Save Water and Energy - Reduce Your Carbon Footprint - Cut Greenhouse Gas Emissions


Because You Care About Environmental Impact and Sustainable Living

Every time you replace a less efficient shower head in your home, apartment, or institutional or commercial building with a water- and energy-conserving High Sierra Showerheads® model, you help support a better future for the planet.

For example, by switching from a 2.5 gallons per minute (gpm) shower head to one of High Sierra’s 1.5 gpm models, each and every month you will:

  • Save water. Save 600 gallons – equivalent to the contents of 120 water cooler bottles – of fresh, clean water from
    unnecessarily going down the drain.
  • Save energy. Save 94 kWh of electricity or 3.2 thermal units of natural gas no longer needed to heat that water.
  • Cut greenhouse gas emissions. Reduce your household, organization, or business’s greenhouse gas emissions by 98 pounds of carbon dioxide (CO2) (with an electric water heater) or 37 pounds of CO2 (with a gas water heater).

These savings estimates are based on two people using a shower head daily, each taking a ten-minute shower. If more people use that shower head or anyone takes longer or more frequent showers, you’ll save even more. (Check out “The assumptions and math behind our sustainability impact” below.)

We’re Metal – They’re Plastic.

We aren’t referring to our taste in music or claiming other shower head makers are insincere.

It’s about the materials we use to make our shower. High Sierra’s Shower heads are made of metal. Their core parts are made of solid brass and stainless steel, and their tips and other decorative parts are made from heavy-duty aluminum. Our units’ non-metal parts are made from the highest quality silicone rubber, a non-reactive material widely used throughout the medical and food industry.

Nearly all other affordably-priced shower heads today are composed primarily of plastic. The shower heads with a metal look have an ultra-thin plating as a top coat to cover the plastic.

Why Do We Leave Plastics Out Of Our Designs?

Plastics and Polymers are known for their negative impact on the environment. For cost-effectiveness, manufacturing has gradually replaced natural resources, like metal, with plastics through the years. The chemical compounds and additives found in plastic products are well documented to cause a significant toll on human health and development. Beyond the health risks, plastics break down quickly from wear, temperature fluctuations, and naturally occurring minerals found in the water supply.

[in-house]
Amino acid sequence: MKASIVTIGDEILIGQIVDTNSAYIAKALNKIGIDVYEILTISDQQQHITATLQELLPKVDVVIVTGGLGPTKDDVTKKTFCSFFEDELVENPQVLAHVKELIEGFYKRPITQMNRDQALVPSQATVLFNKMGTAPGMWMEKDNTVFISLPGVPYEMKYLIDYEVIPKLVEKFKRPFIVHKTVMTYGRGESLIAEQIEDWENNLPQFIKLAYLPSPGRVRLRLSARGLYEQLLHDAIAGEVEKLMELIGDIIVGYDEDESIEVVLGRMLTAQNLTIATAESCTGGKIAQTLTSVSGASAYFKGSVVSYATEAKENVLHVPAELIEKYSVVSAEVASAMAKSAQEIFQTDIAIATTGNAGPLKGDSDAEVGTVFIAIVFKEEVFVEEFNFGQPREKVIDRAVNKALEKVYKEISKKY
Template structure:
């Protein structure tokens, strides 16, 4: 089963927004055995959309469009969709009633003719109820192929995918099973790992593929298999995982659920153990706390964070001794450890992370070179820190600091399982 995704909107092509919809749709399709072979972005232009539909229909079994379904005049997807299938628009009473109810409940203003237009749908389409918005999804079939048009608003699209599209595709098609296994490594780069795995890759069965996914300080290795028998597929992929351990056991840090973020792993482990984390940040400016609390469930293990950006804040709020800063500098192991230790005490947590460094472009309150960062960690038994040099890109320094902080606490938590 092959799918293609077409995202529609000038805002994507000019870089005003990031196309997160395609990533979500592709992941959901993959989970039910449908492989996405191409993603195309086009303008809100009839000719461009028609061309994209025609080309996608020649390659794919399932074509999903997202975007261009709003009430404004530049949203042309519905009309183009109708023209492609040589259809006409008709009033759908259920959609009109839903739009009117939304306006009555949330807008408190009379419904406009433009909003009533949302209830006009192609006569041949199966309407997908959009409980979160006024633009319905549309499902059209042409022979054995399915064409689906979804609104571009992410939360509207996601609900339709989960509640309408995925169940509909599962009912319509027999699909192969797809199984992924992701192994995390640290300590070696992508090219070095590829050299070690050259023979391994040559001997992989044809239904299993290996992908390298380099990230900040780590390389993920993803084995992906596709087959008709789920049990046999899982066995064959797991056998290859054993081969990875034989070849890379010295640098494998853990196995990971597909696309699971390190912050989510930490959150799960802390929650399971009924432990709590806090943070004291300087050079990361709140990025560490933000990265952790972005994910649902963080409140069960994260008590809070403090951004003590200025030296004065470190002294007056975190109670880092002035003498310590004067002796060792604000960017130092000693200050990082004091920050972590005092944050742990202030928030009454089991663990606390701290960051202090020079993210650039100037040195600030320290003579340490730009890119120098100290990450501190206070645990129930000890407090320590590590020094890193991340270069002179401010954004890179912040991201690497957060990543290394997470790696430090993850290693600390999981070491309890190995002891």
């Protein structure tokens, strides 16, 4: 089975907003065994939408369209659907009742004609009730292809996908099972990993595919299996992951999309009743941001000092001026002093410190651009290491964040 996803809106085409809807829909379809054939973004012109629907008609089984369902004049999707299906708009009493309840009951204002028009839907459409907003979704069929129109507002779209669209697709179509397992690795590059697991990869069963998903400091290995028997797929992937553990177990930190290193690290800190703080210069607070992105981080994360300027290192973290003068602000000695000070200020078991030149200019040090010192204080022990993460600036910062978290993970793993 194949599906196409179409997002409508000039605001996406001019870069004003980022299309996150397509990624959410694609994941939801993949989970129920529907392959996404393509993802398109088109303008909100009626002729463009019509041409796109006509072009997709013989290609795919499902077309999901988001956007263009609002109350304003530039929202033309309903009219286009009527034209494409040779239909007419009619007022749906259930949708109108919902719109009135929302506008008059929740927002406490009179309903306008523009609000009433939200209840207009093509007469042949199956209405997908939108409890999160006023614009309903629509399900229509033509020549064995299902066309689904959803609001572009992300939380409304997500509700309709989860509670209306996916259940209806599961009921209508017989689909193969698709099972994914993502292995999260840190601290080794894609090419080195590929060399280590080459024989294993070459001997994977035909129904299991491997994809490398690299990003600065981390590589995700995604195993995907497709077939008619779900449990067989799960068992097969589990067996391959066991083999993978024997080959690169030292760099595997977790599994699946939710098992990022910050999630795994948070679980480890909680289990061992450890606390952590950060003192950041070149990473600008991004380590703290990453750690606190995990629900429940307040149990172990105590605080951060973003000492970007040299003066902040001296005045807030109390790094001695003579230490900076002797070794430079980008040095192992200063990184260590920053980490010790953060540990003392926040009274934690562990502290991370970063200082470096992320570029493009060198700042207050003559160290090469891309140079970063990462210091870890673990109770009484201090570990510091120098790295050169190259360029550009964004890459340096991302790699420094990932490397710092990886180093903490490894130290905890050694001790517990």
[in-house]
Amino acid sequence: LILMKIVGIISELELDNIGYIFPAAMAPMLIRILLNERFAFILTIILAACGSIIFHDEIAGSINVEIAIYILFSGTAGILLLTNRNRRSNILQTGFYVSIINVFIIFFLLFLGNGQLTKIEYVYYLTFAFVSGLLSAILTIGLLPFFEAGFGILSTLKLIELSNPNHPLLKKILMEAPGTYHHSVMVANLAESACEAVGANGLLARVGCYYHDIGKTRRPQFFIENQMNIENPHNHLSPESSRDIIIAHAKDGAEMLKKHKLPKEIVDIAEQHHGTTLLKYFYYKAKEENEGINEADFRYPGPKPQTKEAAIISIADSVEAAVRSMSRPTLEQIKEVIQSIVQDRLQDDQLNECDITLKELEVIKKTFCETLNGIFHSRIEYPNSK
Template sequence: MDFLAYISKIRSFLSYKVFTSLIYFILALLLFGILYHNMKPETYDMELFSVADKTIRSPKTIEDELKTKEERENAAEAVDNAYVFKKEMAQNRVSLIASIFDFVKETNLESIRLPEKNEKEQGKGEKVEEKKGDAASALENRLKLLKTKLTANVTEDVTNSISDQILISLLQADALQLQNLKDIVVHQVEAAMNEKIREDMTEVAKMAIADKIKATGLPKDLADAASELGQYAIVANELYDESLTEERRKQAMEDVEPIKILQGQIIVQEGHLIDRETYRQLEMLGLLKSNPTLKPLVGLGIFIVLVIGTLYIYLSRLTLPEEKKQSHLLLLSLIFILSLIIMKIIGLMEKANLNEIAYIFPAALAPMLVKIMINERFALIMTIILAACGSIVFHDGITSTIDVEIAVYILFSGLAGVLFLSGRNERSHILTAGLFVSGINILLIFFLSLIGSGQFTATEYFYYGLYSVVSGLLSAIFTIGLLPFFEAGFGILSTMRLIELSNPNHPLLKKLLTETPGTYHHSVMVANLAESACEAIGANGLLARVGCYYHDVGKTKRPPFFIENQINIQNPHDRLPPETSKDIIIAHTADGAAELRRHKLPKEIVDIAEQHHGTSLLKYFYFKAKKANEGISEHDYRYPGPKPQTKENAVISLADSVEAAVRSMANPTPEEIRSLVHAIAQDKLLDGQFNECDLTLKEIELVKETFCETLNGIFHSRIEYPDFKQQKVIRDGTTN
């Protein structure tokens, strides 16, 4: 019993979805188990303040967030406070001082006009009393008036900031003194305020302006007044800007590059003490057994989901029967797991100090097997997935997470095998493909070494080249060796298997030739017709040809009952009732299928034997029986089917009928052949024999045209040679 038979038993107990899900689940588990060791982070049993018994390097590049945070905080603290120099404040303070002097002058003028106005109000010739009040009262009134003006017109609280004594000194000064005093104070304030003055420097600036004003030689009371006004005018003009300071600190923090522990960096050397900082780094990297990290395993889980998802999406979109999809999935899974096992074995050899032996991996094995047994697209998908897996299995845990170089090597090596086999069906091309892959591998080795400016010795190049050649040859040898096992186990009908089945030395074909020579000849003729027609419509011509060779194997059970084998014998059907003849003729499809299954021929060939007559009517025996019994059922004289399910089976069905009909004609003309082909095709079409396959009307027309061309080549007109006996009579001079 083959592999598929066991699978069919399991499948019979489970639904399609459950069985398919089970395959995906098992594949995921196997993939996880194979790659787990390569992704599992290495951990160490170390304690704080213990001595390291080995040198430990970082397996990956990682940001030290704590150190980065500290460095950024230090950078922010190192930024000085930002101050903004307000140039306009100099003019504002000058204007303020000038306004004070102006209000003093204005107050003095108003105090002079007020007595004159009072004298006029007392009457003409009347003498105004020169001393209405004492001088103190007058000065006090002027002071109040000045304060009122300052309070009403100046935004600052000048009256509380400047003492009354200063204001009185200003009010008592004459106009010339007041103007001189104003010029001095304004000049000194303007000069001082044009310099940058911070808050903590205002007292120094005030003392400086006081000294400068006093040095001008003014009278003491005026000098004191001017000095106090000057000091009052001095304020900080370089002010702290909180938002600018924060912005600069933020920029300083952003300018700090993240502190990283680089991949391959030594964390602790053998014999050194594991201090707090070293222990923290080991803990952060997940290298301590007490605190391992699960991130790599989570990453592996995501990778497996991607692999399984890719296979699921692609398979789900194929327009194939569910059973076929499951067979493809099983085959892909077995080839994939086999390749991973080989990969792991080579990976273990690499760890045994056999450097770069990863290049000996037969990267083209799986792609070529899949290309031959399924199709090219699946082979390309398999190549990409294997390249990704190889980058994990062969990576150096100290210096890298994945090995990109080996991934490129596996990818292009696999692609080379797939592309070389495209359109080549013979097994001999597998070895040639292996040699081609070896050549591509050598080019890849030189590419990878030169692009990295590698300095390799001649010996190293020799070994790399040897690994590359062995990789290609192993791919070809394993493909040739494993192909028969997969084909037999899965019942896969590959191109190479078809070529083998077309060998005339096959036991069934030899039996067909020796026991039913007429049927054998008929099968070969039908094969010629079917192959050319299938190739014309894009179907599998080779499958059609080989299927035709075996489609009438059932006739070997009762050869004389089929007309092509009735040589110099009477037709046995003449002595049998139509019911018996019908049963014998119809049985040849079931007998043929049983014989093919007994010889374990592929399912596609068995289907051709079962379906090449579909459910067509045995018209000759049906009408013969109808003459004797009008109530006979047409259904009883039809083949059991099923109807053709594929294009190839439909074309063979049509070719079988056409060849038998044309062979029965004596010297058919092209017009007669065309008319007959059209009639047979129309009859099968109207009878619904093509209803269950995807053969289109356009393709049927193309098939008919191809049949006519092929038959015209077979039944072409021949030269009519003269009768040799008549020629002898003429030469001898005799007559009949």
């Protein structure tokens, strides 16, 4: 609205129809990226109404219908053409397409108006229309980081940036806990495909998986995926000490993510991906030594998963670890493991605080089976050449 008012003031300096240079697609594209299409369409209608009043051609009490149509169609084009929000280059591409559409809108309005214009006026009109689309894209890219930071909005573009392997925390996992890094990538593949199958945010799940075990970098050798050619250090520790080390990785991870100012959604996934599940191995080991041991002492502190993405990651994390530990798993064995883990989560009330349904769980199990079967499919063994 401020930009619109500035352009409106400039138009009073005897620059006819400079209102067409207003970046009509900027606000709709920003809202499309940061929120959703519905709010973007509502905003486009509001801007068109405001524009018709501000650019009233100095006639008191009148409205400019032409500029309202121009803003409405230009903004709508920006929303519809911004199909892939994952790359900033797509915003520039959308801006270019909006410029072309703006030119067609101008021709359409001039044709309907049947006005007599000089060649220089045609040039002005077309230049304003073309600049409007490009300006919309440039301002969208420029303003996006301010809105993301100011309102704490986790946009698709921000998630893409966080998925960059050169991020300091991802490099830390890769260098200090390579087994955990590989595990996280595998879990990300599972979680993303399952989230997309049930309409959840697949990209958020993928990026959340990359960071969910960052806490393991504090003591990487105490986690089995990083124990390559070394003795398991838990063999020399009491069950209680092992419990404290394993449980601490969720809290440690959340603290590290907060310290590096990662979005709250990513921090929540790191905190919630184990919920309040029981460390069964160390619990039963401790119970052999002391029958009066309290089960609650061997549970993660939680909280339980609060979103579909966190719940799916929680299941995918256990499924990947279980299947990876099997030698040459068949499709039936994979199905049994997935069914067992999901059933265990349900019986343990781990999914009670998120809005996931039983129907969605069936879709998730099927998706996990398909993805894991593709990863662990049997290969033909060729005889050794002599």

Say No To Plastic

Our designer shower heads are constructed of solid brass and stainless steel – not made of plastic. High Sierra Showerheads® designed its line of luxurious products to align with its commitment to be mindful of its environmental impact. Our all-metal shower heads, accessories, brushings, and adapters are not only eco-friendly but also save money, and water, while enhancing your home’s bathroom decor.

Materials Have An Impact On Our Environment

Metal shower heads like High Sierra’s are highly durable. Because you typically won’t replace them as often, they use fewer resources.

Plastic shower heads are far more breakable – When a shower head made of plastic has a chip or crack, it needs to be replaced. Each time a broken plastic shower head is thrown away, it adds waste to landfills – or worse. And each time a new plastic shower head is purchased, it results in more energy use and greenhouse gas emissions from its manufacture, transport, and packaging.

The metals in High Sierra’s shower heads are highly valued. And they’re extensively recycled. For example, steel is the most recycled material on the planet, with an overall recycling rate of 86% in 2014. Recycling metals like steel and brass (a copper and zinc alloy) saves energy, when compared to mining and refining pure metals. And the recycled metals perform equally as well as new materials.

The plastic in other shower heads, made from fossil fuel-derived chemicals, is cheap, bulky, and unwanted after use. Only 9% of plastic gets recycled. And unless its sources are pure, each new generation of recycled plastic typically degrades in performance. There are many different types of plastic. Sometimes, manufacturers use a mix of plastic compounds that contaminate a batch combining the reinforcements, fillers, and colorants found in some plastic products. Typically products made from plastics are discarded. Today, global plastic waste totals approximately 381 million tons per year. The U.S. is the most significant contributor. In 2010. Some 8.8 million tons of additional plastic ended up in our oceans in 2010 alone. That’s equivalent to pushing five plastic grocery bags of plastic trash directly into the oceans from every single foot of coastline around the world in that year alone. The negative environmental impact of mismanaged plastic waste and its harm to oceans, wildlife, human health, and the planet will continue to be a problem without intervention.

A 2017 United Nations conference fact sheet estimated that plastic waste kills up to 1 million seabirds and 100,000 sea mammals each year, along with deaths to marine turtles and countless fish. And we humans are not immune from this impact: we’re increasingly ingesting plastic-related chemicals from the seafood we eat.

Bottom line: When choosing a shower head, consider the materials used to make it.

Sustainable, Compact Designs

High Sierra Showerheads® most popular shower head model is also our smallest: the Classic PLUS™. It fits in the palm of your hand. Measuring about 3 inches long and 1 inch wide and weighing under 5 ounces, it’s one of the industry’s most compact shower heads. Both its physical and carbon footprints are sleek and minimal.